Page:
[hide]*1 Role on The Flintstones
Mr. Slate is Fred Flintstone's boss at The Slate Rock and Gravel Company/The Rockhead and Quarry Cave Construction Company, and shares a sometimes-strained friendship with him. Oddly enough in the spinoff series The Flintstone Kids, Nate Slate is shown as a friend of then children version of Betty, Wilma, Fred and Barney. He is nearly bald, having only two hairs on his head, and wears a pair of black glasses with circular lenses. One episode of the original series gives a strong hint that his nephew is Barney Rubble, though later on this relation seems to mysteriously dissolve. Another of the original series episodes which has the Flintstones and Rubbles travelling to the future (to a Bedrock resembling something out of The Jetsons) – helped by the Great Gazoo – has Mr Slate's lookalike descendant, George Slate the 80,000th, who tries to chase Fred Flintstone to collect a $4.00 debt which has grown to billions of dollars owing to interest.
An episode of the series revealed that Mr. Slate is actually the mere manager of the Construction Company under a demanding board of directors, whose only appearance was on one episode of the series in which Fred and Slate had a bitter falling out, causing Fred to wish for the Great Gazoo to switch their jobs, only for Fred to realize the next day that Slate's job was a lot more complicated than his own with the directors bossing him about every minute of the day. However, in episodes before and after that specific one, Slate has always referred to the company as his company, and so it remains unknown whether the board of directors really exists and has named the company after Slate or if they were merely a creation of Gazoo's for that one day to teach Fred a lesson.
Mr. Slate also appeared in The Jetsons Meet the Flintstones, in which he fires Fred and Barney for not working the night shift as he told them. Introduced in the special was also Turk Tarpit, Mr. Slate's sworn business rival, who is after Slate's company and narrowly beats him at the company picnic (in exchange for their jobs back, Fred and Barney try to help Slate with George Jetson's futuristic gadgets, but it still isn't enough to counter Tarpit's cheating, and Slate fires Fred and Barney again). Slate, on the verge of declaring bankruptcy, joins forces with Tarpit to make George famous after seeing his gadgets at the picnic, and in gratitude, Slate makes George his partner of the company, although at the end, George hands the partnership over to Fred and Barney. Slate's reaction to this is unknown, as he is not seen after giving George the partnership contract.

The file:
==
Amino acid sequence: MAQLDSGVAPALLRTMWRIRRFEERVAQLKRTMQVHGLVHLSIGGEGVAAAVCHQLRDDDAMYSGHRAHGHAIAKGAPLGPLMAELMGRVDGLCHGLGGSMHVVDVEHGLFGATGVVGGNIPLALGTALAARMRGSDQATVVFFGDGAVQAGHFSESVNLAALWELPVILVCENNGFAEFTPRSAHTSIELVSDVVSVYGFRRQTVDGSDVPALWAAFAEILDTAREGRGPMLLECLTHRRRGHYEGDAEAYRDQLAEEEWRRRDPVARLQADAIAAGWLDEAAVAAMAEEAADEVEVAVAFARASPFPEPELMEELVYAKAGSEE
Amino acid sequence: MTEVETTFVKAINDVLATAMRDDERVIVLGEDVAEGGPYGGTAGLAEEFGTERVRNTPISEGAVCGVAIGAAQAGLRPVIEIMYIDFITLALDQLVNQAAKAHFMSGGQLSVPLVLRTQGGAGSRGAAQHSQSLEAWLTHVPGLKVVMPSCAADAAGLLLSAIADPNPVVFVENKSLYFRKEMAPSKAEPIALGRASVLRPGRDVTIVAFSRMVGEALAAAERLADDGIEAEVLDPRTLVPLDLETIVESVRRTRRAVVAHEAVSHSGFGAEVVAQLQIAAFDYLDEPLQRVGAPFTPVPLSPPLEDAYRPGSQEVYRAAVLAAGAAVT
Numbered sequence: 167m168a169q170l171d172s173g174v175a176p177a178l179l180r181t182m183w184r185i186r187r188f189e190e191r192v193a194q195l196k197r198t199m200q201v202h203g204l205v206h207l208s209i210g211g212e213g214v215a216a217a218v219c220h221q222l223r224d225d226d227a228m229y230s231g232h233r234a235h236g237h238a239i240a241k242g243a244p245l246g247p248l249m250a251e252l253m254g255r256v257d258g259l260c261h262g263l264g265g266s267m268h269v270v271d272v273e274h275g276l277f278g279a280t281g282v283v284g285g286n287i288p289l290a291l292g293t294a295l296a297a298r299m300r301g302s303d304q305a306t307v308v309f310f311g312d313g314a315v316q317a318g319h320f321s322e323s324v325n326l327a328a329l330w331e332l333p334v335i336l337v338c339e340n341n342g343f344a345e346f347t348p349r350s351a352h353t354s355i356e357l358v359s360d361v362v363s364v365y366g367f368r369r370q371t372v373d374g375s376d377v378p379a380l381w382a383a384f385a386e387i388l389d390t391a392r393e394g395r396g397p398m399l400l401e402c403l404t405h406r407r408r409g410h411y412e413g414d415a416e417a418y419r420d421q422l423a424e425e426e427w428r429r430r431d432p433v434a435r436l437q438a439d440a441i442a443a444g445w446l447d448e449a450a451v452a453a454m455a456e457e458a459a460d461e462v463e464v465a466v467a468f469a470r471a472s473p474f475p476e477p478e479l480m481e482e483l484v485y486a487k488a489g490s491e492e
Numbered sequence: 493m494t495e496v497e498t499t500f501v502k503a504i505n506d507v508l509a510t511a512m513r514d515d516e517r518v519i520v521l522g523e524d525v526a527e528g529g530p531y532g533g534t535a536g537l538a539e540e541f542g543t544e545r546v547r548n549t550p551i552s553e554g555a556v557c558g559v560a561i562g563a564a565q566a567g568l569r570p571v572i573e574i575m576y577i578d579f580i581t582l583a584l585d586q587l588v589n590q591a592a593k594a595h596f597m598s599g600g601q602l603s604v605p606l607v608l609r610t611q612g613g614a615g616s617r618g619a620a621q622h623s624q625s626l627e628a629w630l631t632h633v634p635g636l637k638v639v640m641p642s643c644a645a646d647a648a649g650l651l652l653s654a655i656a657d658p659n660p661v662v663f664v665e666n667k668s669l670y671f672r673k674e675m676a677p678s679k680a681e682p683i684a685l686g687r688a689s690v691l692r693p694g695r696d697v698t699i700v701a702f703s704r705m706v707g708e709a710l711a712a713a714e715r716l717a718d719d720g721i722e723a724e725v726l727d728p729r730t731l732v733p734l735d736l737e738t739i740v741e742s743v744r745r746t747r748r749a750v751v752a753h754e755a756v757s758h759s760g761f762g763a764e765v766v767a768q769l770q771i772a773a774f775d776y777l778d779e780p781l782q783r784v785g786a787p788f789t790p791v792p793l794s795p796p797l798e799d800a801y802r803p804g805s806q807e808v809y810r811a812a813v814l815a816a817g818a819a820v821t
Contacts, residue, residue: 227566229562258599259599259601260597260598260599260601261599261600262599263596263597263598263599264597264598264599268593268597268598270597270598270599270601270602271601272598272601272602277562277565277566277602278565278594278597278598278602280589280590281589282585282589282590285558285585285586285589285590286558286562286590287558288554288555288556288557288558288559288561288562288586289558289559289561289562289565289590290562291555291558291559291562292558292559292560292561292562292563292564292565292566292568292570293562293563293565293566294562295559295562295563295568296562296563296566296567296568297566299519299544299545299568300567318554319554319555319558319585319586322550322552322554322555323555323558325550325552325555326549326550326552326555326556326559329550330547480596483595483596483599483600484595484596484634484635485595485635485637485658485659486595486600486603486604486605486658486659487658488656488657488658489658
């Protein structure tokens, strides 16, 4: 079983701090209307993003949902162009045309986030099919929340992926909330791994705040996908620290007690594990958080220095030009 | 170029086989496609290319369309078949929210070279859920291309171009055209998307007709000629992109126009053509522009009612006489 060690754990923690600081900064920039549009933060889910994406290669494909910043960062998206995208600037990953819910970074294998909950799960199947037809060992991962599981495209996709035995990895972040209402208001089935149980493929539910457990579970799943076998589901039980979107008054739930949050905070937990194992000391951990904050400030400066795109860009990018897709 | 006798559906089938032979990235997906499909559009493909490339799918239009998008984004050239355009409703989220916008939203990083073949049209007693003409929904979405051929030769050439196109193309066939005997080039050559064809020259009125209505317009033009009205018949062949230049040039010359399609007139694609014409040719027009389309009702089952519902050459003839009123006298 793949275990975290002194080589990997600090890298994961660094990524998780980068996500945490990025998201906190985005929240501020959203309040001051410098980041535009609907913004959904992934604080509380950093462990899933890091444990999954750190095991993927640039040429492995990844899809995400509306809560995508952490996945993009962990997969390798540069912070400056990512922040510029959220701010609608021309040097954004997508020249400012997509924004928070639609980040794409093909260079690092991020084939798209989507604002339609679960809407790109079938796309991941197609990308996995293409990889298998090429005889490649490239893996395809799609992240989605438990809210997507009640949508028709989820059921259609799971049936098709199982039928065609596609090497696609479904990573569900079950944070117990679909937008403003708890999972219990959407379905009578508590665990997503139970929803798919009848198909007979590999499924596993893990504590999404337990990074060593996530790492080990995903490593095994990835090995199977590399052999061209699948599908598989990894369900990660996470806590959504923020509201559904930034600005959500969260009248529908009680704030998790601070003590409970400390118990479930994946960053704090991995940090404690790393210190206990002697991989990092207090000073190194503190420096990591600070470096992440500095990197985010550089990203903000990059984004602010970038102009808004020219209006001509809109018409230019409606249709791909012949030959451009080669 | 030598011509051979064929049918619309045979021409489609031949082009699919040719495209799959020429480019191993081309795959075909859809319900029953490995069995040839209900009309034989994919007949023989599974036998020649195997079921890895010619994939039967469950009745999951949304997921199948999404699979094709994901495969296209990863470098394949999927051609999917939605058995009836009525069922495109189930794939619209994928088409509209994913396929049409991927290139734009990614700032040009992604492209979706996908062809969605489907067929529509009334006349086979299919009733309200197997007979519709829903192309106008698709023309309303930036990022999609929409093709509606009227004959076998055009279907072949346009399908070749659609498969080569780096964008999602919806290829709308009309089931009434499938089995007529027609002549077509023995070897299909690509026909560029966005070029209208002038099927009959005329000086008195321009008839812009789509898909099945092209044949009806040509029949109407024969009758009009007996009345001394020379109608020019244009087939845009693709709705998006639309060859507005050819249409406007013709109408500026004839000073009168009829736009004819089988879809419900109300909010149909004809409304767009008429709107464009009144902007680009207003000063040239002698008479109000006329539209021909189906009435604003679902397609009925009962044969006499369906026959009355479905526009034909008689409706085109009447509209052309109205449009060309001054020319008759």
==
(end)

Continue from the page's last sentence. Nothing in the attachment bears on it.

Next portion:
Mr Slate's first name (and appearance) often varied from episode to episode. He is married and has 3 children that appeared in the series, a young son named Eugene, also known as "Slugger", an older son named Eddie whom he had made plant manager, and (in the early episodes) an older, apparently ugly, daughter named Concrete (called "Concretia" in the 1994 movie). It is mentioned in the series that he has four children.
In earlier episodes of The Flintstones, the character later recognizable as Mr. Slate was referred to as Mr. Rockhead or Mr. J.J. Granite. The "Mr. Slate" character in these episodes was short and bald with a black mustache. With no explanation ever given, the identities and names of these two men were switched, and the now short character of Mr. Rockhead quickly faded out of the show. In the first season episode "The Big Tycoon", Fred had another unnamed boss, with white hair.
In the 1994 film, Mr. Slate is still the owner of the company, but has a minor role in the film. His Executive Vice President, Cliff Vandercave, concocts a plan to build faulty machinery to quadruple the company's profits but which will fall apart after Cliff has stolen Slate's money and fled the country. Cliff makes Fred Flintstone the Vice President of the company and tricks him into firing all the workers, framing him for embezzlement. Slate's reaction to this is unknown, and it is also not known whether it is he who calls the police to pursue Fred. At the end, when Cliff is defeated and trapped in concrete, Slate congratulates Fred for "ending the stone age" and attempts to promote him to President of the company's concrete division, but Fred, happy with his own job, politely declines, and requests his old job back, along with two weeks holiday. Slate accepts, and his last line is "There goes the best executive I ever had.".